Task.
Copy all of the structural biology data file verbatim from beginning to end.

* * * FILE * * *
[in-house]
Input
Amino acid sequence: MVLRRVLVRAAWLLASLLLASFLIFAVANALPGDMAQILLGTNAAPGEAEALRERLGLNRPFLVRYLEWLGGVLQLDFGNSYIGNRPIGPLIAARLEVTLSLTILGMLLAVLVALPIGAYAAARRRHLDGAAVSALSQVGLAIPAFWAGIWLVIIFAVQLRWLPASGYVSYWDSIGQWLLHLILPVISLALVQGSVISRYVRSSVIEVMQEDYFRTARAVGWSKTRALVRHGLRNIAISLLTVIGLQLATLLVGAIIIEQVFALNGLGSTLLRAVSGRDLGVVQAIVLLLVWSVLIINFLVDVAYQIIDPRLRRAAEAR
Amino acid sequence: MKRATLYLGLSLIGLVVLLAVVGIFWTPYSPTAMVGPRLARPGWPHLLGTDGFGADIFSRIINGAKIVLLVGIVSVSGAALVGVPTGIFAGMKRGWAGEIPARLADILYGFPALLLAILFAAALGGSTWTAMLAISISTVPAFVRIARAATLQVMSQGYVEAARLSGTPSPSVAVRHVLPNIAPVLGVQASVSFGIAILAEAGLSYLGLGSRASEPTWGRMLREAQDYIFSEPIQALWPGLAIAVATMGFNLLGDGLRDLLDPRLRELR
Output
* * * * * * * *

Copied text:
[in-house]
Input
Amino acid sequence: MVLRRVLVRAAWLLASLLLASFLIFAVANALPGDMAQILLGTNAAPGEAEALRERLGLNRPFLVRYLEWLGGVLQLDFGNSYIGNRPIGPLIAARLEVTLSLTILGMLLAVLVALPIGAYAAARRRHLDGAAVSALSQVGLAIPAFWAGIWLVIIFAVQLRWLPASGYVSYWDSIGQWLLHLILPVISLALVQGSVISRYVRSSVIEVMQEDYFRTARAVGWSKTRALVRHGLRNIAISLLTVIGLQLATLLVGAIIIEQVFALNGLGSTLLRAVSGRDLGVVQAIVLLLVWSVLIINFLVDVAYQIIDPRLRRAAEAR
Amino acid sequence: MKRATLYLGLSLIGLVVLLAVVGIFWTPYSPTAMVGPRLARPGWPHLLGTDGFGADIFSRIINGAKIVLLVGIVSVSGAALVGVPTGIFAGMKRGWAGEIPARLADILYGFPALLLAILFAAALGGSTWTAMLAISISTVPAFVRIARAATLQVMSQGYVEAARLSGTPSPSVAVRHVLPNIAPVLGVQASVSFGIAILAEAGLSYLGLGSRASEPTWGRMLREAQDYIFSEPIQALWPGLAIAVATMGFNLLGDGLRDLLDPRLRELR
Output